As neat as they are, the Lytro camera's re-focusing tricks aren't going to convince most of us to replace our highly pocketable cameraphones. So a California company called DigitalOptics has found a way to give us the best of both worlds with a new ultra-thin sensor that promises Lytro-like tricks.
Instead of employing clever 'light field technology' like the Lytro, the Mems|Cam simply snaps a series of photos with varying depth of fields in quick succession, and then combines them all into a single image that allows you to change the focal point afterwards. It's not only a less complicated approach, but the images from the new sensor could be as large as 13 megapixels in size, compared to the Lytro's measly one megapixel.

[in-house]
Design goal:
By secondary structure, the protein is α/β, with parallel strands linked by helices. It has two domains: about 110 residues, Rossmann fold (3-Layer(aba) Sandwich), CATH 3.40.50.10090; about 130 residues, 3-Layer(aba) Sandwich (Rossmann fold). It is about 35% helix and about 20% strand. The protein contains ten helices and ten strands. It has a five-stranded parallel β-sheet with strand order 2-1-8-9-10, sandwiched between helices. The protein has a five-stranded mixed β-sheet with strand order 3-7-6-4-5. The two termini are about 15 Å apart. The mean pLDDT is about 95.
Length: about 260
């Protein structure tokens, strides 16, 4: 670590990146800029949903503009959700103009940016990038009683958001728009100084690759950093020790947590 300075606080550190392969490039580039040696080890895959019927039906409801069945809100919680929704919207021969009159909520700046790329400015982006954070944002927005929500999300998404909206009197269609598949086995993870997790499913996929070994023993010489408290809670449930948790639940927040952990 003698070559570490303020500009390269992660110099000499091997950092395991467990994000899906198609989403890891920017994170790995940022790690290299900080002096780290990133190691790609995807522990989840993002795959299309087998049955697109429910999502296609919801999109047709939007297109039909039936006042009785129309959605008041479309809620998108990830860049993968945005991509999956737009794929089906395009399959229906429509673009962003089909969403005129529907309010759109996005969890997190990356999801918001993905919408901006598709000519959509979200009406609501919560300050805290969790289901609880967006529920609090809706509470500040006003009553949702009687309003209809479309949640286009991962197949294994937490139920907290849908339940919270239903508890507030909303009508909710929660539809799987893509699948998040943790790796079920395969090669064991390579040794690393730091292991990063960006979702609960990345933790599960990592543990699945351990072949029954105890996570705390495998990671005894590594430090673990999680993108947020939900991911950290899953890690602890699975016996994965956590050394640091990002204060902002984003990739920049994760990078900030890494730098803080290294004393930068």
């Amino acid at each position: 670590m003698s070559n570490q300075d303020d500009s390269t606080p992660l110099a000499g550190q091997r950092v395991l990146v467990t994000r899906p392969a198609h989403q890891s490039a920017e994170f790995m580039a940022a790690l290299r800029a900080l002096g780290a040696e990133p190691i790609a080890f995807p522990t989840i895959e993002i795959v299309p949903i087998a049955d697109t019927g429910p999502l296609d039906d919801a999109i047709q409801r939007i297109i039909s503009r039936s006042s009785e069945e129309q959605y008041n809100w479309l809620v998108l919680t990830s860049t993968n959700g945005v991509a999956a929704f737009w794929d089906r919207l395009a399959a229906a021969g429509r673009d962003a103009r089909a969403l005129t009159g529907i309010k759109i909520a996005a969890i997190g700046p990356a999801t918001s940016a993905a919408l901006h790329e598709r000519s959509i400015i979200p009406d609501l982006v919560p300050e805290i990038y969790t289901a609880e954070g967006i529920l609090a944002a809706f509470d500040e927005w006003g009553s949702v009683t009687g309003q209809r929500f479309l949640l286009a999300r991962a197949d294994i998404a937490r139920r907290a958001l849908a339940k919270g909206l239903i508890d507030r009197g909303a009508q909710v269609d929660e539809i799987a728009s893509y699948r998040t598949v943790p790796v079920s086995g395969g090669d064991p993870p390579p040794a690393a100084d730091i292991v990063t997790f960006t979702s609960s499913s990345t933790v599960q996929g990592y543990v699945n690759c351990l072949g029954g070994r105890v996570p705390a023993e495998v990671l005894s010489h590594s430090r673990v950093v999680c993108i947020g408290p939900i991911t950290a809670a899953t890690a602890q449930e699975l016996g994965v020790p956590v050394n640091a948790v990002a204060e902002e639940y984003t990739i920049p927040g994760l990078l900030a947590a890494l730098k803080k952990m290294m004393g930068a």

It sounds like a win-win development that surprisingly gets even better because the Mems|Cam sensor is created with 'micro-electro-mechanical systems' technology that results in ultra-thin electronics with incredibly low energy consumption. To the point where this new sensor uses about one per cent of the energy of a traditional cameraphone sensor, and facilitates handset form factors as thin as 5mm.
At the moment, there are no official announcements as to what hardware manufacturer will be adopting the Mems|Cam sensor, but it's ready to ship and should be appearing in phones later this year. [Digital Trends via PetaPixel]